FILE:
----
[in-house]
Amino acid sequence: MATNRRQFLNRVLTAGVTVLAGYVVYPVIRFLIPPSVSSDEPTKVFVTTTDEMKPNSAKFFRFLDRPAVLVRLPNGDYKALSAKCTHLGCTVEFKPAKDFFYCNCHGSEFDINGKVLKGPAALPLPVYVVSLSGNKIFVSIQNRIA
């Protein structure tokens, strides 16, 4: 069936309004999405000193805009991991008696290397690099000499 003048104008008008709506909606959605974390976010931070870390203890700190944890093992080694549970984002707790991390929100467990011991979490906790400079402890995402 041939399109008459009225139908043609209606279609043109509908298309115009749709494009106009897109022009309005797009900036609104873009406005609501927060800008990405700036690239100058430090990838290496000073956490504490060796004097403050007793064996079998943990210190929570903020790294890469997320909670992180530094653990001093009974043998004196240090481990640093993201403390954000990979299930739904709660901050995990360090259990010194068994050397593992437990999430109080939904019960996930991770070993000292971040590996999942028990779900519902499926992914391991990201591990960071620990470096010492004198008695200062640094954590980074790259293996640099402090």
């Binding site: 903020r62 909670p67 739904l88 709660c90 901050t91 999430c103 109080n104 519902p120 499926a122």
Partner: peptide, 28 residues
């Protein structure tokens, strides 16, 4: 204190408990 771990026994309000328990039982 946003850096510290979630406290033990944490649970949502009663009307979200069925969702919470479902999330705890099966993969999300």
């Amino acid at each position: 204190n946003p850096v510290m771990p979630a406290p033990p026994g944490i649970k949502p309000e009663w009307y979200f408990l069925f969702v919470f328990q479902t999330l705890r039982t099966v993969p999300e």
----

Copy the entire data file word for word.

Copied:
[in-house]
Amino acid sequence: MATNRRQFLNRVLTAGVTVLAGYVVYPVIRFLIPPSVSSDEPTKVFVTTTDEMKPNSAKFFRFLDRPAVLVRLPNGDYKALSAKCTHLGCTVEFKPAKDFFYCNCHGSEFDINGKVLKGPAALPLPVYVVSLSGNKIFVSIQNRIA
């Protein structure tokens, strides 16, 4: 069936309004999405000193805009991991008696290397690099000499 003048104008008008709506909606959605974390976010931070870390203890700190944890093992080694549970984002707790991390929100467990011991979490906790400079402890995402 041939399109008459009225139908043609209606279609043109509908298309115009749709494009106009897109022009309005797009900036609104873009406005609501927060800008990405700036690239100058430090990838290496000073956490504490060796004097403050007793064996079998943990210190929570903020790294890469997320909670992180530094653990001093009974043998004196240090481990640093993201403390954000990979299930739904709660901050995990360090259990010194068994050397593992437990999430109080939904019960996930991770070993000292971040590996999942028990779900519902499926992914391991990201591990960071620990470096010492004198008695200062640094954590980074790259293996640099402090």
């Binding site: 903020r62 909670p67 739904l88 709660c90 901050t91 999430c103 109080n104 519902p120 499926a122």
Partner: peptide, 28 residues
């Protein structure tokens, strides 16, 4: 204190408990 771990026994309000328990039982 946003850096510290979630406290033990944490649970949502009663009307979200069925969702919470479902999330705890099966993969999300």
């Amino acid at each position: 204190n946003p850096v510290m771990p979630a406290p033990p026994g944490i649970k949502p309000e009663w009307y979200f408990l069925f969702v919470f328990q479902t999330l705890r039982t099966v993969p999300e």